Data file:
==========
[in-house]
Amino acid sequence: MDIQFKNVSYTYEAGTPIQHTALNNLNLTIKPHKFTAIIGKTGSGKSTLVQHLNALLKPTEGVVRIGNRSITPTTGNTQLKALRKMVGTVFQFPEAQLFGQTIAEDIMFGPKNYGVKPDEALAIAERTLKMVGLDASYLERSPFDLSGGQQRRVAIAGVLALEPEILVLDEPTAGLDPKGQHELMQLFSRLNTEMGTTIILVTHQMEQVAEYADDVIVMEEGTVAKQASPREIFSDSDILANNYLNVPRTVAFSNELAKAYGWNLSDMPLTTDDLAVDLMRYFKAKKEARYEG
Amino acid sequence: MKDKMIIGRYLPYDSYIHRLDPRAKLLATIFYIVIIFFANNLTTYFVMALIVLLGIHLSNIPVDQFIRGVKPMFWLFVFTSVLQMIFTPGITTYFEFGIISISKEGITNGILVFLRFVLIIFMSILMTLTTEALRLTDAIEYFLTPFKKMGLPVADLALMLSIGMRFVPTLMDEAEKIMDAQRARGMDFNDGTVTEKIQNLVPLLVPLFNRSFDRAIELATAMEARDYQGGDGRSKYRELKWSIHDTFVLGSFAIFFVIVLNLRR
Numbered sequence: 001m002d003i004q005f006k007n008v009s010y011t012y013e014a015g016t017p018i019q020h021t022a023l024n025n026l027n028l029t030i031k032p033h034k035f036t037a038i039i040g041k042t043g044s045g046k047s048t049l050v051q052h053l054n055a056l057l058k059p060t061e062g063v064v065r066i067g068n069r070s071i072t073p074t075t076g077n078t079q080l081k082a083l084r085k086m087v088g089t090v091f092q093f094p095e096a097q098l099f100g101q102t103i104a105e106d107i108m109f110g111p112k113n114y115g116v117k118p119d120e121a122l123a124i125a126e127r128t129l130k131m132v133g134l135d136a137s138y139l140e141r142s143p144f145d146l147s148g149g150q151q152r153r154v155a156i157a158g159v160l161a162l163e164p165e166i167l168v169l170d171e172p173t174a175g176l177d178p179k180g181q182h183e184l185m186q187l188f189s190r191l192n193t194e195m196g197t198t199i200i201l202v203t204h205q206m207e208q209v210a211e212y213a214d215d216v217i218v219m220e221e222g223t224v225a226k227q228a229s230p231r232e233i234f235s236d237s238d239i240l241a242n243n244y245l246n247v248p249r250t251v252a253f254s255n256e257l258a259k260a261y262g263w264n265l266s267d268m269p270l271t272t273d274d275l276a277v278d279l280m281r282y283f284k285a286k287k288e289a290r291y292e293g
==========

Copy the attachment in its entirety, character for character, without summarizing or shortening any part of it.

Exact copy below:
[in-house]
Amino acid sequence: MDIQFKNVSYTYEAGTPIQHTALNNLNLTIKPHKFTAIIGKTGSGKSTLVQHLNALLKPTEGVVRIGNRSITPTTGNTQLKALRKMVGTVFQFPEAQLFGQTIAEDIMFGPKNYGVKPDEALAIAERTLKMVGLDASYLERSPFDLSGGQQRRVAIAGVLALEPEILVLDEPTAGLDPKGQHELMQLFSRLNTEMGTTIILVTHQMEQVAEYADDVIVMEEGTVAKQASPREIFSDSDILANNYLNVPRTVAFSNELAKAYGWNLSDMPLTTDDLAVDLMRYFKAKKEARYEG
Amino acid sequence: MKDKMIIGRYLPYDSYIHRLDPRAKLLATIFYIVIIFFANNLTTYFVMALIVLLGIHLSNIPVDQFIRGVKPMFWLFVFTSVLQMIFTPGITTYFEFGIISISKEGITNGILVFLRFVLIIFMSILMTLTTEALRLTDAIEYFLTPFKKMGLPVADLALMLSIGMRFVPTLMDEAEKIMDAQRARGMDFNDGTVTEKIQNLVPLLVPLFNRSFDRAIELATAMEARDYQGGDGRSKYRELKWSIHDTFVLGSFAIFFVIVLNLRR
Numbered sequence: 001m002d003i004q005f006k007n008v009s010y011t012y013e014a015g016t017p018i019q020h021t022a023l024n025n026l027n028l029t030i031k032p033h034k035f036t037a038i039i040g041k042t043g044s045g046k047s048t049l050v051q052h053l054n055a056l057l058k059p060t061e062g063v064v065r066i067g068n069r070s071i072t073p074t075t076g077n078t079q080l081k082a083l084r085k086m087v088g089t090v091f092q093f094p095e096a097q098l099f100g101q102t103i104a105e106d107i108m109f110g111p112k113n114y115g116v117k118p119d120e121a122l123a124i125a126e127r128t129l130k131m132v133g134l135d136a137s138y139l140e141r142s143p144f145d146l147s148g149g150q151q152r153r154v155a156i157a158g159v160l161a162l163e164p165e166i167l168v169l170d171e172p173t174a175g176l177d178p179k180g181q182h183e184l185m186q187l188f189s190r191l192n193t194e195m196g197t198t199i200i201l202v203t204h205q206m207e208q209v210a211e212y213a214d215d216v217i218v219m220e221e222g223t224v225a226k227q228a229s230p231r232e233i234f235s236d237s238d239i240l241a242n243n244y245l246n247v248p249r250t251v252a253f254s255n256e257l258a259k260a261y262g263w264n265l266s267d268m269p270l271t272t273d274d275l276a277v278d279l280m281r282y283f284k285a286k287k288e289a290r291y292e293g